If the conclusions of the research that Steven Levitt explains in this video also apply to Latin America, then crime can be reduced easily. How?
Reducing the incentives to work for criminal organizations by providing information. Providing information can work extremely well to change social behavior as Esther Duflo explains in this video -- although in the case of education policy.
Members of gangs should know that the probability of being killed whey they work in a gang are much higher than being in a war zone, like being in Iraq, for example. Levitt says this probability is 25% in four years !!!
They also need to know that working for a gang will pay a very small salary, even lower than the salary they would get if they work at a McDonald's. They also need to know that the probability of becoming a gang leader, within the organization, and earning a higher wage, is very small. Working for a gang means being trapped in a low-wage / extremely high-risk job. Gang members, specially those at the low ranks of the organization, overestimate the gains and underestimate the costs, and they should know this. This message can be delivered on TV or Radio.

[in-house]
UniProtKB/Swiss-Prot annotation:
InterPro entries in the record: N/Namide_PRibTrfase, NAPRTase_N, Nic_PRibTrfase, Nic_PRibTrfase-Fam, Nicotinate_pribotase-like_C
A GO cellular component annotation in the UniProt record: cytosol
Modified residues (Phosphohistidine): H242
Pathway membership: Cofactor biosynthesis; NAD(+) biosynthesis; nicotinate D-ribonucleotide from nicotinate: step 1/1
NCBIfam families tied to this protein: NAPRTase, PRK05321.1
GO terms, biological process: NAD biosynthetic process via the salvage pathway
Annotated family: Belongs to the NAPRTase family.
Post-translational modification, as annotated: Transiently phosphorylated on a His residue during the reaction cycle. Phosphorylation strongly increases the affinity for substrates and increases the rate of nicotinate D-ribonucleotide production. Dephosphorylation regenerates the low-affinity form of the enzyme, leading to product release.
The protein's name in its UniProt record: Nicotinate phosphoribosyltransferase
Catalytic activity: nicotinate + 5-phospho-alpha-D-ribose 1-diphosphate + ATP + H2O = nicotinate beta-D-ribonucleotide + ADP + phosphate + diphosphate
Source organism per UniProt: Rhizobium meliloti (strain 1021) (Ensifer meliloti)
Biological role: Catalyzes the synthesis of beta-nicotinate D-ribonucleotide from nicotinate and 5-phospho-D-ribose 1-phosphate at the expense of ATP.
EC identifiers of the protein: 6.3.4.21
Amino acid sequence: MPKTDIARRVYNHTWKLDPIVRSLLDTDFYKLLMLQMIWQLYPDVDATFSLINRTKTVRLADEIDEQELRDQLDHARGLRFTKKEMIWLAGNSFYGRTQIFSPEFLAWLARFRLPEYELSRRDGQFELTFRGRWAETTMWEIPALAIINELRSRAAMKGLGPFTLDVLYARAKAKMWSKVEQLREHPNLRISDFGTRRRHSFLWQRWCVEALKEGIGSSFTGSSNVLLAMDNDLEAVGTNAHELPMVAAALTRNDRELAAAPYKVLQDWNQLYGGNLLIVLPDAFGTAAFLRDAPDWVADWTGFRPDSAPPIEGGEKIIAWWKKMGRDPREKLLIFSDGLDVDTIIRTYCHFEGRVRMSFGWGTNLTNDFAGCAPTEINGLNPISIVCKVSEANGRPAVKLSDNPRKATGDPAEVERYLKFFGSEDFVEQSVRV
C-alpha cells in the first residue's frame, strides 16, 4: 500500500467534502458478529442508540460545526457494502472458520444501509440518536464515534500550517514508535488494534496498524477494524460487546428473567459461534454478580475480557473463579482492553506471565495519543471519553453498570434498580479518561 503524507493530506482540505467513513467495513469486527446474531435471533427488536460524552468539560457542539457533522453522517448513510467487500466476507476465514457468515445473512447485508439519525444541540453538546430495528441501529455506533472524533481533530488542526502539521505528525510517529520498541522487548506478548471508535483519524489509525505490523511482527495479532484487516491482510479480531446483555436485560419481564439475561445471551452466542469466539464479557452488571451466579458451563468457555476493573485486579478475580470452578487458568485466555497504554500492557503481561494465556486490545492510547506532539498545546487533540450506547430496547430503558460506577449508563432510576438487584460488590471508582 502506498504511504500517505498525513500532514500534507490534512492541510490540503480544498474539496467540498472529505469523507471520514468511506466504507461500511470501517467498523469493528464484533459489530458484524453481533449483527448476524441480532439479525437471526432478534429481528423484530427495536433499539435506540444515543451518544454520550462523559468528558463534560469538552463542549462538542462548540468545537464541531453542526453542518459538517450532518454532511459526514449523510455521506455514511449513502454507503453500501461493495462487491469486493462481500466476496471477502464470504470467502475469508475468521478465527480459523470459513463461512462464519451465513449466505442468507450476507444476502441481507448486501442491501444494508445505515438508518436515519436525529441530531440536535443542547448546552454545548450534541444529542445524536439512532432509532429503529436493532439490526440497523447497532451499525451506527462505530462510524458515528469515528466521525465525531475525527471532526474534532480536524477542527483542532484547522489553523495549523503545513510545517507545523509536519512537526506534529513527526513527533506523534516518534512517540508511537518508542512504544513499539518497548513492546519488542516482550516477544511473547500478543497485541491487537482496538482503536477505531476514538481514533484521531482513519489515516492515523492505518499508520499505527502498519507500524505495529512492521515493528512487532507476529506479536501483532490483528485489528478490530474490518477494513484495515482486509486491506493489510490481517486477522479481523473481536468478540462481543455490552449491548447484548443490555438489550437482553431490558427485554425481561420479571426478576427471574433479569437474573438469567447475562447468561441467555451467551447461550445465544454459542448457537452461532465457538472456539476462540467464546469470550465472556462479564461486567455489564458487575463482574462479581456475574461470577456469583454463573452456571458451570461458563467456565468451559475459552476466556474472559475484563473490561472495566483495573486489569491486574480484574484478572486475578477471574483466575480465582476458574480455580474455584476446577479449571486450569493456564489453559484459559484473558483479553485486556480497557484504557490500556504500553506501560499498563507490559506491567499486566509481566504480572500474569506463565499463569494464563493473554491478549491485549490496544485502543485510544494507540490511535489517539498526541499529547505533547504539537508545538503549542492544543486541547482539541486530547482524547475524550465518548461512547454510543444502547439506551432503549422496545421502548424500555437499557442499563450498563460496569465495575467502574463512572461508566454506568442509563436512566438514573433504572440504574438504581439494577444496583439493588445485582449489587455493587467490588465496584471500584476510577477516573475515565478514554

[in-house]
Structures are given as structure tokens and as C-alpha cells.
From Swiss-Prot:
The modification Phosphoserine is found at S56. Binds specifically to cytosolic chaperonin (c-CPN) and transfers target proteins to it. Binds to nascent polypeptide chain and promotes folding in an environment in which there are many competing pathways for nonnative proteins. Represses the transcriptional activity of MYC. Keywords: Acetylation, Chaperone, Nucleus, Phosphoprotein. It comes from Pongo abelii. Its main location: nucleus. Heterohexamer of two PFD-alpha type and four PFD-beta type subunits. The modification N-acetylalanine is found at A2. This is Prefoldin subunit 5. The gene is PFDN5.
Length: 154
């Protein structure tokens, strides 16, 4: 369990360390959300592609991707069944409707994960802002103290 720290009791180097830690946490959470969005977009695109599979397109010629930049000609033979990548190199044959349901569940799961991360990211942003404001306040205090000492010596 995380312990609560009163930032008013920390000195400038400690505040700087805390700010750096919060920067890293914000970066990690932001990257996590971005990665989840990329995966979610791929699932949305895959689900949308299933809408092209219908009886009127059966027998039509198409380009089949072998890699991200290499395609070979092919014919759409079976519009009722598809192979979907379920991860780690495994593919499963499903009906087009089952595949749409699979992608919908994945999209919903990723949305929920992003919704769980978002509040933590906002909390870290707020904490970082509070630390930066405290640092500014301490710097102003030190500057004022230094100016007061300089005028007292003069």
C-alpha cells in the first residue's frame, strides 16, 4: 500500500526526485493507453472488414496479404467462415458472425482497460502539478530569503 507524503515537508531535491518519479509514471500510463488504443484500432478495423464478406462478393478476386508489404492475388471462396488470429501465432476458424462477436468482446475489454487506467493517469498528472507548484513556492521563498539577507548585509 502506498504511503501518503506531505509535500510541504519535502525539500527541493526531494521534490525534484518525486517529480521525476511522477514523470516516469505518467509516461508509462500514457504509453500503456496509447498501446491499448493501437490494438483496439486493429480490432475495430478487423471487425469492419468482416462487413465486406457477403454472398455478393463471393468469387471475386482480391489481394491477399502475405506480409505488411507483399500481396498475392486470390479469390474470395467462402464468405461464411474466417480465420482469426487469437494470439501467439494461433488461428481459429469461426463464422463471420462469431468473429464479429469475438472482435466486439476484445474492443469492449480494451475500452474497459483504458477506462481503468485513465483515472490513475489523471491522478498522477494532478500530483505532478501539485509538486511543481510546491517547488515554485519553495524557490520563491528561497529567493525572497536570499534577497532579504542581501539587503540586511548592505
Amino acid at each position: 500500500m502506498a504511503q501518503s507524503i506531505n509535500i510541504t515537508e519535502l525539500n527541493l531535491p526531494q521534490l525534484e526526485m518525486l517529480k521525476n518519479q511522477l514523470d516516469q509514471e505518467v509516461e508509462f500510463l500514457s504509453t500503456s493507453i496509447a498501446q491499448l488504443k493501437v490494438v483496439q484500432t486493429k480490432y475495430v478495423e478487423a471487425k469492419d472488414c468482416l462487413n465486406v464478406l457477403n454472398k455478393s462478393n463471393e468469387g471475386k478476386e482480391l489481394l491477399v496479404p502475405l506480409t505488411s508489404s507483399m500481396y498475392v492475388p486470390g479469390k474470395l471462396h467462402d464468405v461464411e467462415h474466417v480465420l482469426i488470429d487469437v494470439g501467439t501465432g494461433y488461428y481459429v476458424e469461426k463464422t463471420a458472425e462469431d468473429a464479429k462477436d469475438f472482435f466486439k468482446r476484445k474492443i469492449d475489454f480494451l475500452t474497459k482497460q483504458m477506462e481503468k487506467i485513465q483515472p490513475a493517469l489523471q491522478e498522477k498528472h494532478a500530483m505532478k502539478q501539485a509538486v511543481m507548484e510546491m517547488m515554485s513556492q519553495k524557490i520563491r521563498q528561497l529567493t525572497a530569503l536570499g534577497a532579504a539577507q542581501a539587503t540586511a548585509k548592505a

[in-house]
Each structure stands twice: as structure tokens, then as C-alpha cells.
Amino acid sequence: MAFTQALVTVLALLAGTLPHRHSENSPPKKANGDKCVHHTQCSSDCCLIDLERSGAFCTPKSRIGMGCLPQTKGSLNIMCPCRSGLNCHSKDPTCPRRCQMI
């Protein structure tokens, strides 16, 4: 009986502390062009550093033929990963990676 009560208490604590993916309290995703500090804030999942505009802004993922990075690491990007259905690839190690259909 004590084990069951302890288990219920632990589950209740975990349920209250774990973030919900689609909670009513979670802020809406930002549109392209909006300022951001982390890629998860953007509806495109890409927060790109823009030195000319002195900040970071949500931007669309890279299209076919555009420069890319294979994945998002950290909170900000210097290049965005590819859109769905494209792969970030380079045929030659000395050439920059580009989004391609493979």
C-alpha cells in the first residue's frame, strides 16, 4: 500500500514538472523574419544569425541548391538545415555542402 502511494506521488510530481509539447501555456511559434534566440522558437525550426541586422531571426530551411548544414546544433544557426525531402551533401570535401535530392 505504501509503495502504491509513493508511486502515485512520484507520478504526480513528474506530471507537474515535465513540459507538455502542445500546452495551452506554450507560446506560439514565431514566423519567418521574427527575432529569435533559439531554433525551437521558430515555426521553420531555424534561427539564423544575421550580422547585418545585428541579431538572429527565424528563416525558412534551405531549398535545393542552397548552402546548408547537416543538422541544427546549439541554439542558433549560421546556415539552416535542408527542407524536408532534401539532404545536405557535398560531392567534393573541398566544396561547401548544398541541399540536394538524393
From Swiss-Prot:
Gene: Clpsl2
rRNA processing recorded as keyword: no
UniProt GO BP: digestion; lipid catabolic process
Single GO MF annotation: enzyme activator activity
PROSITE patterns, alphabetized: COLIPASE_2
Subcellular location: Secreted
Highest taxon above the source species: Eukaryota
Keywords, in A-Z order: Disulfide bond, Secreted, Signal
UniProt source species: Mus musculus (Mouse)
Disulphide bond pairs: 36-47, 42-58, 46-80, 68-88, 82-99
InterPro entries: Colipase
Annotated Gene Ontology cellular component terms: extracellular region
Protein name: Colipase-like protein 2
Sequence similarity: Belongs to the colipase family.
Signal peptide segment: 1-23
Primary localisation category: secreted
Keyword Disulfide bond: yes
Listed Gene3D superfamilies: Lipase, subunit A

From a social sciences perspective it seems that a combination of sociology and neoclassical economics is a very powerful way to understand gang activity. I posted a book review on this regard previously.
I know that this means importing research results from a different context, but in the absence of local research, this might be reasonable, and there is not much to lose.